How police used genealogy to find the Idaho murder suspect

MOSCOW, Idaho — There are many ways to process and find DNA matches, like when police are unable to pin down a suspect.

In the University of Idaho murder investigation, police used a process called genealogy, which was also used to find the Golden State killer and a serial rapist from Pullman in a cold case from 18 years ago.

Dr. Greg Hampikian is the director of the Idaho Innocence Project, an organization that uses DNA to overturn the convictions of people who have been wrongfully imprisoned for crimes they didn’t commit.

Dr. Hampikian is well-versed on the pivotal role DNA can play in criminal investigations, speaking directly to the process of genealogy.

“This is really the new way for cases that don’t have a suspect, and that’s a significant part of this case, for example,” Dr. Hampikian said. “They didn’t have a suspect to arrest by motive or other elements until they got this genealogical match.”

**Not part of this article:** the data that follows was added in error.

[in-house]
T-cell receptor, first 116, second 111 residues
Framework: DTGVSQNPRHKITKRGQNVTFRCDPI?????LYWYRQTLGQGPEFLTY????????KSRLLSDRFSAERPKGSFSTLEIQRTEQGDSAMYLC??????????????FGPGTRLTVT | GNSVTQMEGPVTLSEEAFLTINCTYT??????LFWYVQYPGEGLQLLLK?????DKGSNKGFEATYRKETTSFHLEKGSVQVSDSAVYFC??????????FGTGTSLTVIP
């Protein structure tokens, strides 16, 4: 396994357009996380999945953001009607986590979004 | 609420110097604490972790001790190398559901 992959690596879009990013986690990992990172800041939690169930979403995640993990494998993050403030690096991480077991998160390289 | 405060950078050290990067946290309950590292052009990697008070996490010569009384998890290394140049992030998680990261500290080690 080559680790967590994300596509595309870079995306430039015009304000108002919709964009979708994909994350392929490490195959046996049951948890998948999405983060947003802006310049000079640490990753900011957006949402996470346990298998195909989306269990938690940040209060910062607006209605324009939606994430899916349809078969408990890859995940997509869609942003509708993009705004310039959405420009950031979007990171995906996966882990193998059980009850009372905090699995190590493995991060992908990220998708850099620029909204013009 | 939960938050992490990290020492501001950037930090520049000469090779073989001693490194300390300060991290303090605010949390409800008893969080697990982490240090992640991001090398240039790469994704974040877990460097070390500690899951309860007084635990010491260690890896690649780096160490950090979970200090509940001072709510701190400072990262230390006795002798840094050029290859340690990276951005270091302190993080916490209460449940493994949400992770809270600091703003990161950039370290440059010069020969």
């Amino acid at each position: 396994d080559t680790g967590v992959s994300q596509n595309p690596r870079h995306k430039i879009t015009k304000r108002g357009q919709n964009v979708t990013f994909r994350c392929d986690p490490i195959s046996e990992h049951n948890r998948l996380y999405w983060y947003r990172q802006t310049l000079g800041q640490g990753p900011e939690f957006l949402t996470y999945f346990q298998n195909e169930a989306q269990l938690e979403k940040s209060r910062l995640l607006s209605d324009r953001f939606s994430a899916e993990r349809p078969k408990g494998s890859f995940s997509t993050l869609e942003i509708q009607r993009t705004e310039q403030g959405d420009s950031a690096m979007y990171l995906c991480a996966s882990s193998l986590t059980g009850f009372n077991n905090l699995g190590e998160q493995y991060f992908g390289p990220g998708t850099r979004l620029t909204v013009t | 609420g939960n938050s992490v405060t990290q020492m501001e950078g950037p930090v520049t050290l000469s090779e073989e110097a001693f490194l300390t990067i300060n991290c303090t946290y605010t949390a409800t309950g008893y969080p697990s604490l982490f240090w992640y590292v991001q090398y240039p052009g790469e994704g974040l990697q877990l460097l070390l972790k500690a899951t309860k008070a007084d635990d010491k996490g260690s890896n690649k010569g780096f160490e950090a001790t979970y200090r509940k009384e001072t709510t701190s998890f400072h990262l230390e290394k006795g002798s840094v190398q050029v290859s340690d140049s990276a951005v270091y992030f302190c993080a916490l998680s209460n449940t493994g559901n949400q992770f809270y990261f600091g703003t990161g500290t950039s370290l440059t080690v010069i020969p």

How it works is police collect a DNA sample from a crime scene, like a swab of blood, and submit it to the crime lab.

If they get no initial matches, they can submit the DNA to independent genealogy companies.

These genealogy companies have databases of DNA from people all over the world who voluntarily submitted samples to learn more about their family roots. Genealogists compare the DNA submitted by police with other DNA already in their databases to see if it matches with a family pedigree.

Because so many people have submitted samples over the years, there’s a higher probability of finding a match, but it can take time to zero in on the right person.

“So they got a hit to a family or pedigree, and that can go back hundreds of years, so you have to then do the paperwork to find out who’s in the family, what birth records are there, death certificates, who’s alive, who could’ve been in the area at the time,” Dr. Hampikian said. “From that point, they’ll try to get an actual sample from the suspect.”

So far, only two commercial genealogy companies allow police access. For the ones that do, like GEDmatch, customers must give their consent before submitting their sample.

Dr. Hampikian emphasized that just because their DNA is found at the scene doesn’t mean that person committed the crime.

“That’s why police investigation is key to this, they’ve got to have a very carefully done case. Just because you have DNA doesn’t tell you what happened, it tells you who may have contributed,” he said.

In Dr. Hampikian two decade career, genealogical evidence has only been used to assist in an investigative lead, like to help identify a suspect, though he says that could change soon this year.

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